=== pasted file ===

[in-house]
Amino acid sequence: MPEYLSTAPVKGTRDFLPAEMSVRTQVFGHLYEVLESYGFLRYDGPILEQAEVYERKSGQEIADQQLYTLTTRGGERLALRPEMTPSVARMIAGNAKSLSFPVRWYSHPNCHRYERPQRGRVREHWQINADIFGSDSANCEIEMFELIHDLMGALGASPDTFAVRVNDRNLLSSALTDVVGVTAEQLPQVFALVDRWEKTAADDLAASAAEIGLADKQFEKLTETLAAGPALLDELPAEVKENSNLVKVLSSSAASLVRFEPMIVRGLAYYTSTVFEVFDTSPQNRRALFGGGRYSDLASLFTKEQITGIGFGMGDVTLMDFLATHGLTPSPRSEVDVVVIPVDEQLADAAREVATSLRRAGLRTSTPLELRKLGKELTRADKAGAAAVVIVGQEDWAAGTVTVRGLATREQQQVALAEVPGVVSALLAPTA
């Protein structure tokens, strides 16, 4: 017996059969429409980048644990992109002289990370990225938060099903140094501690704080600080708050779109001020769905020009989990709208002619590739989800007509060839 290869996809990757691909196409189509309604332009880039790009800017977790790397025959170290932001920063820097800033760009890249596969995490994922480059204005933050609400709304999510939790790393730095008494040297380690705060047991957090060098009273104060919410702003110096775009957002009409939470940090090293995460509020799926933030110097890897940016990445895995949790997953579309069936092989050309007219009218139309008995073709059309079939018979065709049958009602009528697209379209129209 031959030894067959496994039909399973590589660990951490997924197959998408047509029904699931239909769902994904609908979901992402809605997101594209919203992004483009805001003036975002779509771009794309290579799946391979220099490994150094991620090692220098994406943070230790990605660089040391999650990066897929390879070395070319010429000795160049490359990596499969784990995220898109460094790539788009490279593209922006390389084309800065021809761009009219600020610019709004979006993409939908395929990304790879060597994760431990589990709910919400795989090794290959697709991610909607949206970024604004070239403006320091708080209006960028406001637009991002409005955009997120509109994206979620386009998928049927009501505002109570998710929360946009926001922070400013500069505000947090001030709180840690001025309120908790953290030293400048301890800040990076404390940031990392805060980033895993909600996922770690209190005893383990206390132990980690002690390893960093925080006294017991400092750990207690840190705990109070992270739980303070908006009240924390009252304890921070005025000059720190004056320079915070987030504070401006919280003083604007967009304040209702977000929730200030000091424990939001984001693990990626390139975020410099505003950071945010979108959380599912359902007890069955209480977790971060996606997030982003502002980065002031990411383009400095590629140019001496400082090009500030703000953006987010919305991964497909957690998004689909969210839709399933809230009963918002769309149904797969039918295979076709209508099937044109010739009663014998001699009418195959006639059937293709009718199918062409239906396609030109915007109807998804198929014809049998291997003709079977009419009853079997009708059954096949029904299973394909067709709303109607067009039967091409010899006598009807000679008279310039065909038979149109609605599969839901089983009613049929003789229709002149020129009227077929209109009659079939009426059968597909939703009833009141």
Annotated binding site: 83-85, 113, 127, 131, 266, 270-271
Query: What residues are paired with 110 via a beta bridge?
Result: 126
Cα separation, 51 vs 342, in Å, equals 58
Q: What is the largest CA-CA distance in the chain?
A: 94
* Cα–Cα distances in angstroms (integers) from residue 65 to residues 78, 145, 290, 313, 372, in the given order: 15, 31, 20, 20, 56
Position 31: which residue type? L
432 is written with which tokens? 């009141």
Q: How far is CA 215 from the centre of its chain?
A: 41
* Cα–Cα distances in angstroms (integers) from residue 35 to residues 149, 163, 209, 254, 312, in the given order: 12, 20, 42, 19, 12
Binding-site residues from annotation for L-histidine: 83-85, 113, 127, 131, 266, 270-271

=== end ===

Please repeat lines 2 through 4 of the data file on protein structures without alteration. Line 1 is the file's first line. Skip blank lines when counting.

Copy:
Amino acid sequence: MPEYLSTAPVKGTRDFLPAEMSVRTQVFGHLYEVLESYGFLRYDGPILEQAEVYERKSGQEIADQQLYTLTTRGGERLALRPEMTPSVARMIAGNAKSLSFPVRWYSHPNCHRYERPQRGRVREHWQINADIFGSDSANCEIEMFELIHDLMGALGASPDTFAVRVNDRNLLSSALTDVVGVTAEQLPQVFALVDRWEKTAADDLAASAAEIGLADKQFEKLTETLAAGPALLDELPAEVKENSNLVKVLSSSAASLVRFEPMIVRGLAYYTSTVFEVFDTSPQNRRALFGGGRYSDLASLFTKEQITGIGFGMGDVTLMDFLATHGLTPSPRSEVDVVVIPVDEQLADAAREVATSLRRAGLRTSTPLELRKLGKELTRADKAGAAAVVIVGQEDWAAGTVTVRGLATREQQQVALAEVPGVVSALLAPTA
């Protein structure tokens, strides 16, 4: 017996059969429409980048644990992109002289990370990225938060099903140094501690704080600080708050779109001020769905020009989990709208002619590739989800007509060839 290869996809990757691909196409189509309604332009880039790009800017977790790397025959170290932001920063820097800033760009890249596969995490994922480059204005933050609400709304999510939790790393730095008494040297380690705060047991957090060098009273104060919410702003110096775009957002009409939470940090090293995460509020799926933030110097890897940016990445895995949790997953579309069936092989050309007219009218139309008995073709059309079939018979065709049958009602009528697209379209129209 031959030894067959496994039909399973590589660990951490997924197959998408047509029904699931239909769902994904609908979901992402809605997101594209919203992004483009805001003036975002779509771009794309290579799946391979220099490994150094991620090692220098994406943070230790990605660089040391999650990066897929390879070395070319010429000795160049490359990596499969784990995220898109460094790539788009490279593209922006390389084309800065021809761009009219600020610019709004979006993409939908395929990304790879060597994760431990589990709910919400795989090794290959697709991610909607949206970024604004070239403006320091708080209006960028406001637009991002409005955009997120509109994206979620386009998928049927009501505002109570998710929360946009926001922070400013500069505000947090001030709180840690001025309120908790953290030293400048301890800040990076404390940031990392805060980033895993909600996922770690209190005893383990206390132990980690002690390893960093925080006294017991400092750990207690840190705990109070992270739980303070908006009240924390009252304890921070005025000059720190004056320079915070987030504070401006919280003083604007967009304040209702977000929730200030000091424990939001984001693990990626390139975020410099505003950071945010979108959380599912359902007890069955209480977790971060996606997030982003502002980065002031990411383009400095590629140019001496400082090009500030703000953006987010919305991964497909957690998004689909969210839709399933809230009963918002769309149904797969039918295979076709209508099937044109010739009663014998001699009418195959006639059937293709009718199918062409239906396609030109915007109807998804198929014809049998291997003709079977009419009853079997009708059954096949029904299973394909067709709303109607067009039967091409010899006598009807000679008279310039065909038979149109609605599969839901089983009613049929003789229709002149020129009227077929209109009659079939009426059968597909939703009833009141």
Annotated binding site: 83-85, 113, 127, 131, 266, 270-271